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Vietnamese rights groups condemn 'inhumane' regime

Heavy sentences and harassment for democratic activities are damaging the country, say religious leaders
Vietnamese rights groups condemn 'inhumane' regime

Cao Dai Phi (left) and Pastor Dinh Diem are being backed by rights groups. (Photo courtesy of Interfaith Council of Vietnam)

Published: July 24, 2018 04:42 AM GMT
Updated: July 24, 2018 04:42 AM GMT

Religious leaders in Vietnam have strongly condemned authorities for heavily sentencing a pastor and harassing another religious leader for their democratic activities.

Lutheran Pastor Dinh Diem was sentenced to 16 years in prison on July 12 for "attempts to overthrow the people's government" by a court in his home province of Quang Ngai.

Diem, 56, was prosecuted for his links to a U.S.-based democracy group which is labeled as reactionary by Vietnam's government.

The pastor, who was arrested last January, was also accused of posting and sharing articles and photographs with content opposing the Communist Party and the state on social media.

On June 23, Hua Phi, a dignitary from indigenous faith Cao Dai, was beaten unconscious by a dozen plainclothes police while he was having dinner at his coffee farm in Duc Trong district of Lam Dong province. They also cut off his beard and prevented him from being hospitalized.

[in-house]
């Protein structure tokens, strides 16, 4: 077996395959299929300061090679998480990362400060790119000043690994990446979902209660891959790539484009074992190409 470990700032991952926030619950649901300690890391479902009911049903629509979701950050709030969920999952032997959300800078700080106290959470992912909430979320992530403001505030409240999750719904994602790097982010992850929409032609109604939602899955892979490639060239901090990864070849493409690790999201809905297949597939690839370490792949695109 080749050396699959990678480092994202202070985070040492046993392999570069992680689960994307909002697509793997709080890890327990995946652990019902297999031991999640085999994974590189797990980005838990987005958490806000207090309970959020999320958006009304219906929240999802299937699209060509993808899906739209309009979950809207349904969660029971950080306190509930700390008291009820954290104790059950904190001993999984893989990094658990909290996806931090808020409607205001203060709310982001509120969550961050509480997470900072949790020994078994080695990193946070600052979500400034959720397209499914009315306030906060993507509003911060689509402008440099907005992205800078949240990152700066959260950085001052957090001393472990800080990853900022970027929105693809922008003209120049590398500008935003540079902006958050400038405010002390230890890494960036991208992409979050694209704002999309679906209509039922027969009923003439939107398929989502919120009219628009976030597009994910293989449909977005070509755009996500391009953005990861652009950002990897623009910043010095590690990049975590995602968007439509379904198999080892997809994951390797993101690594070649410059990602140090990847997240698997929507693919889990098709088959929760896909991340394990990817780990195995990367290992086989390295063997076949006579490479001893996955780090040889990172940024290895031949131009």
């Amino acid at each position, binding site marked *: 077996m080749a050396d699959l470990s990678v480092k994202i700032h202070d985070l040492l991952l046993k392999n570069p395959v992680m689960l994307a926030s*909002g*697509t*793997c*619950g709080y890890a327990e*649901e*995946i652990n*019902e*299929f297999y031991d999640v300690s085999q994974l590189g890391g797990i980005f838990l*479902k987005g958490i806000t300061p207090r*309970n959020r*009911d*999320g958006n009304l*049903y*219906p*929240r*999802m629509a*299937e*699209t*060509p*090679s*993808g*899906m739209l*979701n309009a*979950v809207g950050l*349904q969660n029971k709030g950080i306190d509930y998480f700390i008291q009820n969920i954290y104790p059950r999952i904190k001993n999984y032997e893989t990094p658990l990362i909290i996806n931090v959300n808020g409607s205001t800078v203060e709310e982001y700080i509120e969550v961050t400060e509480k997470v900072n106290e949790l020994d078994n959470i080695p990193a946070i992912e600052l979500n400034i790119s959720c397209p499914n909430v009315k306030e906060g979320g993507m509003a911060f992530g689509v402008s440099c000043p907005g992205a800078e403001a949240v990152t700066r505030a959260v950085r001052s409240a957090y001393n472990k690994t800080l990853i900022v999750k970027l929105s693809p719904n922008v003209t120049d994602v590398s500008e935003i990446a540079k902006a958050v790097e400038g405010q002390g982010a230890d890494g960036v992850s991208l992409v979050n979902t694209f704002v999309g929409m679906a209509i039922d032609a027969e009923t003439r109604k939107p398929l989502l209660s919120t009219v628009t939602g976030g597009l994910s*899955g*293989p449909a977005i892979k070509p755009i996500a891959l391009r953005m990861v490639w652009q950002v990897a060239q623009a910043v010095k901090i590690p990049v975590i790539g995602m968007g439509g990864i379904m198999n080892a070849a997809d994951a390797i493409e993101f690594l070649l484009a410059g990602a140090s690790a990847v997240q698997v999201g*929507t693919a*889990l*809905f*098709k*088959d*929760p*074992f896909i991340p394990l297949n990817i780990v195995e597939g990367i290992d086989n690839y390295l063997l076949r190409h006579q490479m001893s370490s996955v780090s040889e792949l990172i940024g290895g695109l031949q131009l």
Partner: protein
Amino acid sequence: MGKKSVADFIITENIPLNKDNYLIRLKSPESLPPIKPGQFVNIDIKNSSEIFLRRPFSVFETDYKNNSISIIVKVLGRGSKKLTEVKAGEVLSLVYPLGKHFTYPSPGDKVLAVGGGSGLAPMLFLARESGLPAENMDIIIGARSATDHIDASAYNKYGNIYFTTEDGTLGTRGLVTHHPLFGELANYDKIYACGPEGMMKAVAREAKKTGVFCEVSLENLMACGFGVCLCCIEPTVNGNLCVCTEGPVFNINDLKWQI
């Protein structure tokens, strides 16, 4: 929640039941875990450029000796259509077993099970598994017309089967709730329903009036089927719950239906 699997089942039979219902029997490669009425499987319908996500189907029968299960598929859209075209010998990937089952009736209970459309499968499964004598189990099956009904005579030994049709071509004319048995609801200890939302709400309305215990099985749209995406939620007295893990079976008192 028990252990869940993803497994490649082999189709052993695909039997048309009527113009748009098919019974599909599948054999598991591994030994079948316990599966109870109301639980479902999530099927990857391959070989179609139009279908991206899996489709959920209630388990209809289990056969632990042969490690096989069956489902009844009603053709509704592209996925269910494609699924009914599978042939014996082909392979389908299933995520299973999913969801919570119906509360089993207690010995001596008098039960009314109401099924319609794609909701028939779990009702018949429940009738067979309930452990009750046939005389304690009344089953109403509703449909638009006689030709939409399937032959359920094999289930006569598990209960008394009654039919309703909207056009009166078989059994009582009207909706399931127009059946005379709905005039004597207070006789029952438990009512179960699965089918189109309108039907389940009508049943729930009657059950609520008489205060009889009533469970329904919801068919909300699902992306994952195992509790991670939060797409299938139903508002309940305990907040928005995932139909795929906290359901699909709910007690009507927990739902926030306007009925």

"We strongly condemn the unfair and heavy sentence imposed on Pastor Diem because he has not done anything illegal," the Interfaith Council of Vietnam said in a statement issued on July 21.

The council, whose members are from Reunified Buddhism of Vietnam, Catholicism, Protestantism and two indigenous groups of Cao Dai and Hoa Hao Buddhist sect, said "people's government" is a general, illegitimate and arbitrary concept which should not be used to accuse people of committing acts of subversion.

It said it is necessary and legal to peacefully fight against a regime that inhumanely and cruelly causes suffering to the people and damage to the country.

The brutal attack on Hua Phi prevented him from meeting with Australian diplomats in Ho Chi Minh City on June 26. The attack was also thought to be revenge for his outspoken comments on religious violations.

The statement, signed by 28 religious leaders including five Catholic priests, said Hua Phi has been summoned to appear at the district's police station for "offences against the nation and providing untrue news to foreign newspapers" many times this year.

The council criticized the government for escalating a clampdown on growing peaceful protests among activists, especially religious leaders, against the communist government's policies.

It called on people and rights groups in the country and abroad to pressurize Vietnam to stop persecuting Hua Phi and other dissidents, and free prisoners of conscience including Pastor Diem.

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